Thursday, January 06, 2011
Adieu, Jihad Watch
My latest banning from Jihad Watch comments this past September left a bad aftertaste, only augmented acridly by the lack of support -- if not at times a melange of faint praise if not outright disdain -- from Jihad Watch regulars (save for one friend among them) in subsequent comments threads where my name resurfaced, particularly the one thread where the sneering Spencer and the prickly Marisol swooped in to deposit their, as Hugh Fitzgerald would have said with needless affectation, deux cents.
That by itself would not have been enough to tip me over the edge. For one thing, I've been banned three other times in the past (as far as I can remember; it's somewhat of a blur), all more or less as unfair as the most recent banning, yet I rebounded from them eventually to edge my presence back onto Jihad Watch comments. (Amusingly, the prickly Marisol (sounds like a variety of spring flower) and the hotheaded unhinged awake (sounds like a syndrome of manic-depressive sleep apnea) both have tried to argue that because Spencer deigned from on high as a benevolent Czar or Sultan would permit a cringing underling, to permit me to edge my way back slowly into Jihad Watch comments, that I should be as tremblingly grateful as a cowed Hindu dhimmi bowed before the Muslim tax-collector under Moghul rule remerces Allah for his life spared.)
At any rate, my decision will not affect my unwavering support of Jihad Watch as the gold standard par excellence of the Blogospheric ticker-tape UPI service of the Sidestream News on the problem of Islam (wow, what a mouthful); from here on reflected only by the prominent place I have always given it on my blogroll (a favor Spencer has refused to reciprocate not only to me, but worse to the far worthier Diana West, as well as to the far more influential Michelle Malkin and Debbie Schlussel, to the far more valuable Andrew Bostom, and to the far more constructively productive Gates of Vienna -- from whom one and all he has petulantly yanked their links off his blogroll after some mysterious falling out he has had with them, one by one, as we near, as Hugh Fitzgerald might have said (and probably numbered among them), ten little Indians). The denouement of that mystery, however, yet awaits a suitably shrewd Hercule Poirot to nose his probing proboscis after its musty scent among the back rooms and false walls of the Gentlemen's Club.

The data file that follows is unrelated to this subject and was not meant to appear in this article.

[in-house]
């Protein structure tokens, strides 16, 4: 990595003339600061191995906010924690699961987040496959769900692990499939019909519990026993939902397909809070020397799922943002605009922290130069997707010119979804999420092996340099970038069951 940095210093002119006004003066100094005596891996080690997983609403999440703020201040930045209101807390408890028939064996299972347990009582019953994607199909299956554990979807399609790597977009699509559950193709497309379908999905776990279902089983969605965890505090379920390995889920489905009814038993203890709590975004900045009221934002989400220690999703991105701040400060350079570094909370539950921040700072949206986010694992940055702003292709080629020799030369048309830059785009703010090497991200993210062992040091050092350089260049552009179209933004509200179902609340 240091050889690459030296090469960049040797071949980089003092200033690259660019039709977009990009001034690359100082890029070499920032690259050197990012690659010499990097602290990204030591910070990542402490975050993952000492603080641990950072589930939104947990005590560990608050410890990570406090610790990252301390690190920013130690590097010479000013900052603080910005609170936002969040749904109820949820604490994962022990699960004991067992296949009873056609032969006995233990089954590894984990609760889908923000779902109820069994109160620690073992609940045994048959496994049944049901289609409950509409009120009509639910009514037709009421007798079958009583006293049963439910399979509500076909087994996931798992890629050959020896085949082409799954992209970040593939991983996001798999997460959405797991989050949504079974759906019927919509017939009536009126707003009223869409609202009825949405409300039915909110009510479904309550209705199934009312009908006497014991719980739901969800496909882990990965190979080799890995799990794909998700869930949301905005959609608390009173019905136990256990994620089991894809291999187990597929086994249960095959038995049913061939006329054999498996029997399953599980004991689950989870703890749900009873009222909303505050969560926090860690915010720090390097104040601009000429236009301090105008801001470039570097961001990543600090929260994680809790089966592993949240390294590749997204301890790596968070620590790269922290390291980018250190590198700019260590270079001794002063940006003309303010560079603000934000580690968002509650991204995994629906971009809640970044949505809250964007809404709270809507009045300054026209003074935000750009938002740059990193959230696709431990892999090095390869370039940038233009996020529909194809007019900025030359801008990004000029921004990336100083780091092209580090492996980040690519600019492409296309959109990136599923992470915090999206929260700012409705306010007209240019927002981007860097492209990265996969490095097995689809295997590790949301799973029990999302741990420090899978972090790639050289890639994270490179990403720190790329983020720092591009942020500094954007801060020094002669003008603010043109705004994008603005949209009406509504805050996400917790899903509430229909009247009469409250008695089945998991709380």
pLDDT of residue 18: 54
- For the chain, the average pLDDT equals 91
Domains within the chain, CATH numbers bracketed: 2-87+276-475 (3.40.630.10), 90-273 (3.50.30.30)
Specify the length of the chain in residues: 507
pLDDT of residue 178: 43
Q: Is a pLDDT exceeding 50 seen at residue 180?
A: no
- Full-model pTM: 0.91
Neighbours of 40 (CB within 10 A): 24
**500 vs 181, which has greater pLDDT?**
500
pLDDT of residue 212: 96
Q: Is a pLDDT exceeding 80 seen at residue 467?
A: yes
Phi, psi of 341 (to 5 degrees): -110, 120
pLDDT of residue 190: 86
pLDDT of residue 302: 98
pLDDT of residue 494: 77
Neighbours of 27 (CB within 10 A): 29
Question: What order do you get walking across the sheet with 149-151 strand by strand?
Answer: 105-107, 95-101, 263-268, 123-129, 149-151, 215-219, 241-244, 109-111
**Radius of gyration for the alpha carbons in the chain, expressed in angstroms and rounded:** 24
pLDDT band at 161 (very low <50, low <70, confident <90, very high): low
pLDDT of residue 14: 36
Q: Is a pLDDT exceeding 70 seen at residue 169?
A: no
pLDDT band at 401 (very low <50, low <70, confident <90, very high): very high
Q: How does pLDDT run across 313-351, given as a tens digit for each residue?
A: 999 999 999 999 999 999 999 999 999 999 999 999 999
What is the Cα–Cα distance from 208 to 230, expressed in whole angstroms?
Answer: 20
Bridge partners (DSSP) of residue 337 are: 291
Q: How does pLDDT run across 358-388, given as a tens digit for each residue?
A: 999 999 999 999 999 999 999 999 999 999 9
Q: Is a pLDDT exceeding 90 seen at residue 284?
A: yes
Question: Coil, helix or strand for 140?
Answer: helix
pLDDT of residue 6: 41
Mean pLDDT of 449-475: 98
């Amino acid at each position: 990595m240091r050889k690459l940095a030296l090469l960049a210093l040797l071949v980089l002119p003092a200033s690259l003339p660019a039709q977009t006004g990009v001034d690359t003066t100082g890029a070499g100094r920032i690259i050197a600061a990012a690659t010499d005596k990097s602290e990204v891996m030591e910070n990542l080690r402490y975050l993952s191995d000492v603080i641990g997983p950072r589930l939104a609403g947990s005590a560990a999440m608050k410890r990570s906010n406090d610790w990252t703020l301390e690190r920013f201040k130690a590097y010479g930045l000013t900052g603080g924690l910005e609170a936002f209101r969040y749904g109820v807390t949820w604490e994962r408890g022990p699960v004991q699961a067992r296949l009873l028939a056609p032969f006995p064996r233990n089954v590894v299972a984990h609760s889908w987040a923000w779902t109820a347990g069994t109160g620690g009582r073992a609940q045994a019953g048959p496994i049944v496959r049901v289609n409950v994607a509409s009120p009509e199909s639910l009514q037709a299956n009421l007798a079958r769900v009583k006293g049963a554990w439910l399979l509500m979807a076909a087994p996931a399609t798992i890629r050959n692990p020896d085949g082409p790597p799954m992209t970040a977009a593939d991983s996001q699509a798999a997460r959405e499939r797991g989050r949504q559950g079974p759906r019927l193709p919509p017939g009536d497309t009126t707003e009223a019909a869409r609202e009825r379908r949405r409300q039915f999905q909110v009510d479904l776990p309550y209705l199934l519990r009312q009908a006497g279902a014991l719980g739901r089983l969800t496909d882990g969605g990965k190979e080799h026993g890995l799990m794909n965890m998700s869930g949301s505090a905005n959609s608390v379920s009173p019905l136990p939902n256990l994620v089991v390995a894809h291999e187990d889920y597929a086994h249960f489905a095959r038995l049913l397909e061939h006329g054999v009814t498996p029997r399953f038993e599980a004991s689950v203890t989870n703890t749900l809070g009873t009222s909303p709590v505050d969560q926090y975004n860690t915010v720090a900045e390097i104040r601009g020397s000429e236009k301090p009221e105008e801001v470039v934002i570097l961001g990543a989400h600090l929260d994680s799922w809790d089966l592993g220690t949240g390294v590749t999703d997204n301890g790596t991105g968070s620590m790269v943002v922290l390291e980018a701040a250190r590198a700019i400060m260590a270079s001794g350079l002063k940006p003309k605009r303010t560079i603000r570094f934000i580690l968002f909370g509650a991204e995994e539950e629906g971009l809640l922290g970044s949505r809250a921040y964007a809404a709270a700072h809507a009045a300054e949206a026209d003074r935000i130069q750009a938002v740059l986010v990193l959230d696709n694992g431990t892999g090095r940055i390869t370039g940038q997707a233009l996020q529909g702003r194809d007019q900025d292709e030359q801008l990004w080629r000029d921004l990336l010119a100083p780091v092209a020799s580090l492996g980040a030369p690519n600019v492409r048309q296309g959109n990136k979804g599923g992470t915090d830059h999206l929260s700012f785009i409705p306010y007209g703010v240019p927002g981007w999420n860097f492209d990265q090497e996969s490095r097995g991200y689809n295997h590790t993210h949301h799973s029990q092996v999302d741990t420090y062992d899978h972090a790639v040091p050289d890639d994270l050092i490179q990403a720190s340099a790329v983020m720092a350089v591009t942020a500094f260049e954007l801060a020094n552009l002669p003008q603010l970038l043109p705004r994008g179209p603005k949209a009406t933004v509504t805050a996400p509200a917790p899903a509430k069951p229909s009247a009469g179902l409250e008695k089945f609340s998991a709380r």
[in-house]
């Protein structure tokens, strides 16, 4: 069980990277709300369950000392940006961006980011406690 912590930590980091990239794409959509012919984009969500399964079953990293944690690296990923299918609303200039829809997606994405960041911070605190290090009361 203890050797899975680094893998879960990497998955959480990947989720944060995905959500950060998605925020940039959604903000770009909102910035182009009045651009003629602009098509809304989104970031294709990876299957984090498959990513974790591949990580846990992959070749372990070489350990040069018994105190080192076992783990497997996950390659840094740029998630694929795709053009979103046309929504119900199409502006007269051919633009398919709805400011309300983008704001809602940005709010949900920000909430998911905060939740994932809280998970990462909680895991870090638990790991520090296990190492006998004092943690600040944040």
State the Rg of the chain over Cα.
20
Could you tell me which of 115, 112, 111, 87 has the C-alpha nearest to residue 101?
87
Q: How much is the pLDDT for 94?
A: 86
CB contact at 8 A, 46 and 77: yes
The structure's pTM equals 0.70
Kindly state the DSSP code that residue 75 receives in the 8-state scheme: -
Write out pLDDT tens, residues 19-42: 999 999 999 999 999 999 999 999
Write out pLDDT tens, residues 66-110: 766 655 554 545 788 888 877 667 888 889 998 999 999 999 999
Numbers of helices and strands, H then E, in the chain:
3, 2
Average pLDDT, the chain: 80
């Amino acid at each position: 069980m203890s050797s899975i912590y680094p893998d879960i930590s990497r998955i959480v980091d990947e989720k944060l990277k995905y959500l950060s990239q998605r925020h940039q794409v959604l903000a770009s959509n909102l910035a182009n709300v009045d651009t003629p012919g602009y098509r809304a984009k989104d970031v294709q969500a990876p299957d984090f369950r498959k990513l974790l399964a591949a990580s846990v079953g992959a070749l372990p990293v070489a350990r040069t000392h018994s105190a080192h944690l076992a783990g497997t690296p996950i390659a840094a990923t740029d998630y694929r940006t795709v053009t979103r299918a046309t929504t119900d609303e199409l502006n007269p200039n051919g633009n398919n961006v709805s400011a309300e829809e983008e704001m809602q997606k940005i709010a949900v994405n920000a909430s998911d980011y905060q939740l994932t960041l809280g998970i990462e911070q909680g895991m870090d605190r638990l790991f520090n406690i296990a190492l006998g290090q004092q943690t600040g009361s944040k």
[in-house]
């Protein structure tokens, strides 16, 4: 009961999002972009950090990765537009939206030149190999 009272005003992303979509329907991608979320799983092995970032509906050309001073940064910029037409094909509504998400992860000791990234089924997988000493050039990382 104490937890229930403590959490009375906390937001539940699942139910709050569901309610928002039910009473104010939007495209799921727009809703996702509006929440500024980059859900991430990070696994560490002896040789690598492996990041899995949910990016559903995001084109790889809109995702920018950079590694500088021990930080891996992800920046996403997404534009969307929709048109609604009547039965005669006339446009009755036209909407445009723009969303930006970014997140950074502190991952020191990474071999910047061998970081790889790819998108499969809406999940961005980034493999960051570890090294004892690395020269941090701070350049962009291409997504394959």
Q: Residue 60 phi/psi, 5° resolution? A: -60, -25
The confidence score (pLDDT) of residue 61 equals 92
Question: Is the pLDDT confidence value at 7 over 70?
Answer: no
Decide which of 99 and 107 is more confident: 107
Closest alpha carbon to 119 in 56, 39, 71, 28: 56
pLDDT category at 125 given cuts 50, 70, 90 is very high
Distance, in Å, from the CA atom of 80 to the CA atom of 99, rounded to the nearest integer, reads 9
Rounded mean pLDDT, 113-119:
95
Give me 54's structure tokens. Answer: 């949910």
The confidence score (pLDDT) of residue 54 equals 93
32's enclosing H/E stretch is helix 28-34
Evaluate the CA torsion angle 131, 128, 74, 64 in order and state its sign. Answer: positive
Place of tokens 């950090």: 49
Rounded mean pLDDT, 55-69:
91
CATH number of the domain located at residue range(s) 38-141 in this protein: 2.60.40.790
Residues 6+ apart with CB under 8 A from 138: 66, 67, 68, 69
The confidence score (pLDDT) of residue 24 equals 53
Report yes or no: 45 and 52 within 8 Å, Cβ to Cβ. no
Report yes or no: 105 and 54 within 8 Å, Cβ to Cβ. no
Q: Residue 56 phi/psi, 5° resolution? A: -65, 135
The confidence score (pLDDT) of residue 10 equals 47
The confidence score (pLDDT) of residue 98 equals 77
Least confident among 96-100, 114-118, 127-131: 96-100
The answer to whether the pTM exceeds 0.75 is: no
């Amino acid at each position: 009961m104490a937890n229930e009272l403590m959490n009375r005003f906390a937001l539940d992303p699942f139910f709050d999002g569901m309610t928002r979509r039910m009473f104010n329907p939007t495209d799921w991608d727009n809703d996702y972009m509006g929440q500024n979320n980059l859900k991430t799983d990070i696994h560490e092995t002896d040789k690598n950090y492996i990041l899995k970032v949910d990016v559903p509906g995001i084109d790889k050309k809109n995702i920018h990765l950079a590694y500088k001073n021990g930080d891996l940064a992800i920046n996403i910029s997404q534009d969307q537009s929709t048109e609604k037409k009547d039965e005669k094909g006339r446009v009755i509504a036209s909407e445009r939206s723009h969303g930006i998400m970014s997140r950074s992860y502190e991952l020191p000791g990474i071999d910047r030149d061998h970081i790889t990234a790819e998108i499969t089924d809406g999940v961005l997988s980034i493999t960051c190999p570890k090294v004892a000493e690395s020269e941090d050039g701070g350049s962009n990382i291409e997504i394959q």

Nor will my decision mean I won't be popping in on the Jihad Watch website now and again, perhaps once a week. What it will mean is that I won't begin each and every morning complementing my first cup of coffee with a keen interest in perusing, for at least an hour or two, with a mixture of enthusiasm and horror (in the context of a spectrum ranging from amusement to exasperation), the latest stories generated by the Muslim world, then revisiting it perhaps periodically throughout each day, time permitting, and (at least before I was banned in September), participating in the lively discussions in the comments threads there mostly with mature and intelligent contributions, some of which may have been (Heaven help us) critical of this, that and the other thing Spencer or Fitzgerald formulated.
Aside from the reasons already stated, I have come to the realization (or, rather, the realization that has long incubated in my head has come to fruition) that Jihad Watch is, and has been for years, repeating itself. This is not so much the fault of Jihad Watch, nor of its editors: it is the fault of the Muslims and of our Western Dhimmis, whose respective pathologies, like all pathologies, tend to reiterate their madness incessantly, like that of zombis or cackling demons. Some of the features may change, kaleidoscopically; but the substance remains grimly, morbidly, relentlessly, the same.
As for the odd essay of analysis and commentary one finds on Jihad Watch (that is, commentary longer and broader than the glitter of sparkling wit or the salt and pepper of wry asides sprinkled here and there by Spencer or Marisol), I have begun to tire of those as well, and the latest addition, "Roland Shirk", as unremarkably capable as he is overall, only arouses the usual tedium, and irritation, of the painstaking unraveling of arguments (or amalgamations of apparent argument) constructed of an annoying device of interlocking parts, some sound, some flawed.
And so, them I bid adieu -- or, as with the end of the first Mary Poppins book, my farewell may well be just an au revoir.